Practice 2017-03-21 01:31:36 +0000
M Edward Borasky

* Keepassing your credentials synced and under control

Do you use the same few passwords over and over? Is there a piece of paper with hard-to-remember ones somewhere? How about a file that lives on five different devices and is never up-to-date? Even the most secure passwords can be broken with a $5 wrench. Long forgotten websites are frequently compromised. Files can be stored in The Cloud, but is that really where such sensitive data should be?
Practice 2017-03-27 21:41:52 +0000
Wm Salt Hale

* Keeping Application Support Human

You’ve built it, now you need to keep your users happy. Doing this without sacrificing your own happiness, and those of your teammates, takes planning. The intersection of monitoring and bother-the-humans is central to team happiness. We will go over this intersection and provide ways to navigate this humanely, and make your users happy.
Practice 2017-03-28 14:42:47 +0000
Jamie Riedesel

* Kubernetes 101

So you’ve containerized your application, and now you want to deploy it scalably across a cluster. Maybe you’ve looked at Kubernetes but you can’t figure out how to use it. In one short session, we’ll teach you enough to get started.
Practice 2017-03-30 14:47:20 +0000
Josh Berkus

* Learn to Type at 250 WPM Using Open Source Tools

The Open Steno Project is dedicated to the creation of open source software, hardware, and educational materials to bring machine stenography to the masses! Want to be a speed demon typist like the court reporters you see in movies? Now you can!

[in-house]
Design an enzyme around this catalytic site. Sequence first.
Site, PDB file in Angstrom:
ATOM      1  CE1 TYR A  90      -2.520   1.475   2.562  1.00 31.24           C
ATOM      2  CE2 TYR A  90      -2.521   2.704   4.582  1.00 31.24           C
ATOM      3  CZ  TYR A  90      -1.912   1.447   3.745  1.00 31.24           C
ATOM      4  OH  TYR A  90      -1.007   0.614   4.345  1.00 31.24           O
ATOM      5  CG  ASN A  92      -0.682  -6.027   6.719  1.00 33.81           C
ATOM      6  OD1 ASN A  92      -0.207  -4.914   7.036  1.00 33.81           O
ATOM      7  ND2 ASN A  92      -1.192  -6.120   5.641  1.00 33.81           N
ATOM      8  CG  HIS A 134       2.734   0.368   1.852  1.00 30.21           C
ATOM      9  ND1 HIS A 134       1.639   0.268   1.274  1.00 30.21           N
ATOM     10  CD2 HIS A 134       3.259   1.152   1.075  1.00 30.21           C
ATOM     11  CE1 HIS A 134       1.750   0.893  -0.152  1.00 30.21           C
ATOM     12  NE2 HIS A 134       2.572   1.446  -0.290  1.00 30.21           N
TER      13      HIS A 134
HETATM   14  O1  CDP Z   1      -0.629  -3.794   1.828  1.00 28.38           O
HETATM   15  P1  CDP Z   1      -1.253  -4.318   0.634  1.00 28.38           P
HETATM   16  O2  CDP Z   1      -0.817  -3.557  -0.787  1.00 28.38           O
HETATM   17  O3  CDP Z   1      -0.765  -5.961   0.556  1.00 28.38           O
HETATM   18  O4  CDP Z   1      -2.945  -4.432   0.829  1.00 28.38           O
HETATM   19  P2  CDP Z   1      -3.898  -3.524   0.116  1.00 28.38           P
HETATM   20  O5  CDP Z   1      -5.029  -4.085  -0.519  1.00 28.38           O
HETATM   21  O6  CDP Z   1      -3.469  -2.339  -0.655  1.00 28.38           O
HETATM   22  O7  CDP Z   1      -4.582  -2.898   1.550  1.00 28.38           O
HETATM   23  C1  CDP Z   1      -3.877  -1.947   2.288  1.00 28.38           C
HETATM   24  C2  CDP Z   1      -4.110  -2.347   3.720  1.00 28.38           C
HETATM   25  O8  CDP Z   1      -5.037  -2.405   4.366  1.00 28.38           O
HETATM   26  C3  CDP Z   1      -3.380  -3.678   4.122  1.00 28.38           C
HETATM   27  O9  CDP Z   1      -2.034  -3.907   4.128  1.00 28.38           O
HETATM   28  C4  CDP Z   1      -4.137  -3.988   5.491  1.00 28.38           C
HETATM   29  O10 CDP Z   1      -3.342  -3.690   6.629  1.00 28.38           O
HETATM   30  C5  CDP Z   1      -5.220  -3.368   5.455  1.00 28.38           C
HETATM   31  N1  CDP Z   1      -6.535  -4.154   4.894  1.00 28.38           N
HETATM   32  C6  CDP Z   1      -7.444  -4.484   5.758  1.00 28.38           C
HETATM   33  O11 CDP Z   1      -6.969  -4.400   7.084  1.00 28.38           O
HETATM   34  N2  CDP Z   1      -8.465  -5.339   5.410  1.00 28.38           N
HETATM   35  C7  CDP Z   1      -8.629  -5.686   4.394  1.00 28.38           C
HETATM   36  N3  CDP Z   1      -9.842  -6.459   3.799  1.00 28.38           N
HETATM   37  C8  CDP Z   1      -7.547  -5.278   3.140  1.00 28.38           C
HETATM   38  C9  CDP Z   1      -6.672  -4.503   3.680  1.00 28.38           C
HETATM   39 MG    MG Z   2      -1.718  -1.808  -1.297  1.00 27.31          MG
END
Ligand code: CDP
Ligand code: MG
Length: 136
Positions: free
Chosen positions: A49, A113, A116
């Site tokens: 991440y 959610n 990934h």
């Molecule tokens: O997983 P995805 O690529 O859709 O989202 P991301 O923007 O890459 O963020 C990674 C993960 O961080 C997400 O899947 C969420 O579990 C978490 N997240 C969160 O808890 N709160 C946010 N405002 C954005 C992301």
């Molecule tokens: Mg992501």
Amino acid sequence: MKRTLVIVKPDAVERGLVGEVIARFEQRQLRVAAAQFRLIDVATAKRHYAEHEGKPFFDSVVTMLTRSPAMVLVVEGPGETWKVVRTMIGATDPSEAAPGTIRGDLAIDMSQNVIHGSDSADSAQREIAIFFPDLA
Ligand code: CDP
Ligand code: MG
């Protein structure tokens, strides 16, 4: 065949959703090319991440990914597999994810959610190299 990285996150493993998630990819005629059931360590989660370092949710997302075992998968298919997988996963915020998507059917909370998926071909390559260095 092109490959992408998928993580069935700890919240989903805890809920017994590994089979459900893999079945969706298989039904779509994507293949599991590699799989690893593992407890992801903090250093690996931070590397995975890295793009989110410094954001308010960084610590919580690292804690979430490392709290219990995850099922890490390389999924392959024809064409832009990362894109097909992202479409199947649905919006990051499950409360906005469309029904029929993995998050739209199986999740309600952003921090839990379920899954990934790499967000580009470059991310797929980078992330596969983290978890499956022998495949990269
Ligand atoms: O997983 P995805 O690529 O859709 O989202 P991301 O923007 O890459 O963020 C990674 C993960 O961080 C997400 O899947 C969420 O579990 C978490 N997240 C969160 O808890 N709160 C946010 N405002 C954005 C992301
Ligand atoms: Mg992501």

Practice 2017-03-31 23:50:35 +0000
Josh Lifton

* Making your app Password-Free

Learn how to make security easy by eliminating passwords for your app entirely with magic link based authentication!
Practice 2017-03-31 16:30:16 +0000
Eric Mann

* Mapbox GL: A modern, robust, open source map renderer on web and mobile

Come learn about the open source Mapbox GL native and web map renderer, how it is designed, the open specs on which it is built, and how to use it in your projects.
Practice 2017-03-28 18:02:52 +0000
Justin Miller

* microWorking Open Workshop (microWOW): Launch Your Open Project!

Getting a project off the ground is daunting, and most of us aren’t trained in project management and community building skills. At this session, Mozilla Science Lab will help you take your project from idea to reality and give you technical, project management, and community building skills to kickstart your work.
Practice 2017-04-09 18:12:08 +0000
Danielle Robinson

* Modern Keyboarding: How to Design, Build, and Hack

See how easy and cheap it is to design and build your own ergonomic keyboard with open hardware and software.
Practice 2017-03-31 02:34:15 +0000
Micah Elliott

* No Coding Skills Required: How to Contribute to Open Source in Other Ways